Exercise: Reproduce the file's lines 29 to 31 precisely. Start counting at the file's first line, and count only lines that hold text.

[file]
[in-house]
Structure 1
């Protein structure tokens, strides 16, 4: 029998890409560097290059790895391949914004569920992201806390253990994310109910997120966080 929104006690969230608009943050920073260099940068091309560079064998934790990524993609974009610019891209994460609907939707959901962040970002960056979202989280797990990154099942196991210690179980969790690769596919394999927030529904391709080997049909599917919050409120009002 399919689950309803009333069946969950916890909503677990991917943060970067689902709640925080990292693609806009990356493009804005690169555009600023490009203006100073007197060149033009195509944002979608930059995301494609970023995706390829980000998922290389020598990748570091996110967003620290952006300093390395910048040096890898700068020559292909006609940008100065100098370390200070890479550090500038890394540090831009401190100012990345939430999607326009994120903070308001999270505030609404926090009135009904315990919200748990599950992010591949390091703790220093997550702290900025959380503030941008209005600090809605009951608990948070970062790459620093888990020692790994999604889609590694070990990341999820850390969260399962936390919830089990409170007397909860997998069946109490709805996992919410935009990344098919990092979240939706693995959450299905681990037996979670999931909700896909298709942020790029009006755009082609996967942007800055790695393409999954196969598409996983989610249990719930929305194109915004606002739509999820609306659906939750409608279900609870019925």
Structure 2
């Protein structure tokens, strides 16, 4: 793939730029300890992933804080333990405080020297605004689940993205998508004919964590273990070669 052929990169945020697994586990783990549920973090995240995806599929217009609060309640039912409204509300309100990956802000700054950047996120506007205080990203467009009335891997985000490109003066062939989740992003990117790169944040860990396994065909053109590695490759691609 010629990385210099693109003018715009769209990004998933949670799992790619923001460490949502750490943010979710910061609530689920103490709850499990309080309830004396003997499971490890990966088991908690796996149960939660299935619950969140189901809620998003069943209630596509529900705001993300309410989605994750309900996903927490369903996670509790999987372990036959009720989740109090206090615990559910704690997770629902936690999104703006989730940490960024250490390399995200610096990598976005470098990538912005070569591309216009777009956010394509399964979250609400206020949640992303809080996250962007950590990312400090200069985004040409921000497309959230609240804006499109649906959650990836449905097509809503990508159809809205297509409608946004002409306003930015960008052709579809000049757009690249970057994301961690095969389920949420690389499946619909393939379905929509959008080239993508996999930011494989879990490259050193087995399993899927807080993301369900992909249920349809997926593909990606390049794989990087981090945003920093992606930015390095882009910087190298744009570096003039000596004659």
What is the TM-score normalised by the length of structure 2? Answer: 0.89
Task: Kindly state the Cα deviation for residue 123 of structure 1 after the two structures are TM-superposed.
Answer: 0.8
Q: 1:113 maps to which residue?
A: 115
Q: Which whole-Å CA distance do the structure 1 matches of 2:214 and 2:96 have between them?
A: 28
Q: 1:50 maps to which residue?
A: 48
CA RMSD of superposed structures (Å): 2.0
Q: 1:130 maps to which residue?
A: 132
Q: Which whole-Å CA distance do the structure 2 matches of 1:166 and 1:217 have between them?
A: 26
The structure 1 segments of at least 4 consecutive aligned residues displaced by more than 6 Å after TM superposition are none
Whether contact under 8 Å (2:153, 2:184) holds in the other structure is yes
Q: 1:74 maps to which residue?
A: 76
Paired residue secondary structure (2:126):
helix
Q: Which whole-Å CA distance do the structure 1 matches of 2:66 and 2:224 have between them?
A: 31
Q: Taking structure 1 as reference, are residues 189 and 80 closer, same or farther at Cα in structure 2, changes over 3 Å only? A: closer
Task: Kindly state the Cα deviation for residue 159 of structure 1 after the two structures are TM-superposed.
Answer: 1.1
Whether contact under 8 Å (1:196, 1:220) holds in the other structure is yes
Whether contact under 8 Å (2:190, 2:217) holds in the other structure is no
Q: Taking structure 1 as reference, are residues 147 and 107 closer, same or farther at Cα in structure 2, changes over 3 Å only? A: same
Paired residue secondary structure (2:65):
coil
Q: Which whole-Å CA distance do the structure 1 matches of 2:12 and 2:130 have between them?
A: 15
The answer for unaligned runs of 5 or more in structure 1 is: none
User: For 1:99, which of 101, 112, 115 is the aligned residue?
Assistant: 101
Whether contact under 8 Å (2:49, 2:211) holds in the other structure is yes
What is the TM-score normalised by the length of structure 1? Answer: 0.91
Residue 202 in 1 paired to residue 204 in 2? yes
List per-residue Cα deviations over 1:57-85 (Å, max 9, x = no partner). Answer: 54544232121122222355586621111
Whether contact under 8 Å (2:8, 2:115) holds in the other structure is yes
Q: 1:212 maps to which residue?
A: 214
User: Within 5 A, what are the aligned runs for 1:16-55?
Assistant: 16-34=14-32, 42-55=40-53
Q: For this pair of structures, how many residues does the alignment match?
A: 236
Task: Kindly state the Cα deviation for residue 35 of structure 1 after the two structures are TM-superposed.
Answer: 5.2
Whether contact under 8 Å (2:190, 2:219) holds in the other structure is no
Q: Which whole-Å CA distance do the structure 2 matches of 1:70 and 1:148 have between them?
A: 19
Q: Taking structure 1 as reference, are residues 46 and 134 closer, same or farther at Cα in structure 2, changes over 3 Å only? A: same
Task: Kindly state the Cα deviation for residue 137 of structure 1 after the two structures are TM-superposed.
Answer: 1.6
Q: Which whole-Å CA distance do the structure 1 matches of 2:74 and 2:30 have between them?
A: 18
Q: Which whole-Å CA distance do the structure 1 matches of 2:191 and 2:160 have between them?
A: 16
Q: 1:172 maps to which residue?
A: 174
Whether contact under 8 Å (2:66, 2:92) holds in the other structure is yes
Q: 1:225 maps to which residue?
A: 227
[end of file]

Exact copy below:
Task: Kindly state the Cα deviation for residue 159 of structure 1 after the two structures are TM-superposed.
Answer: 1.1
Whether contact under 8 Å (1:196, 1:220) holds in the other structure is yes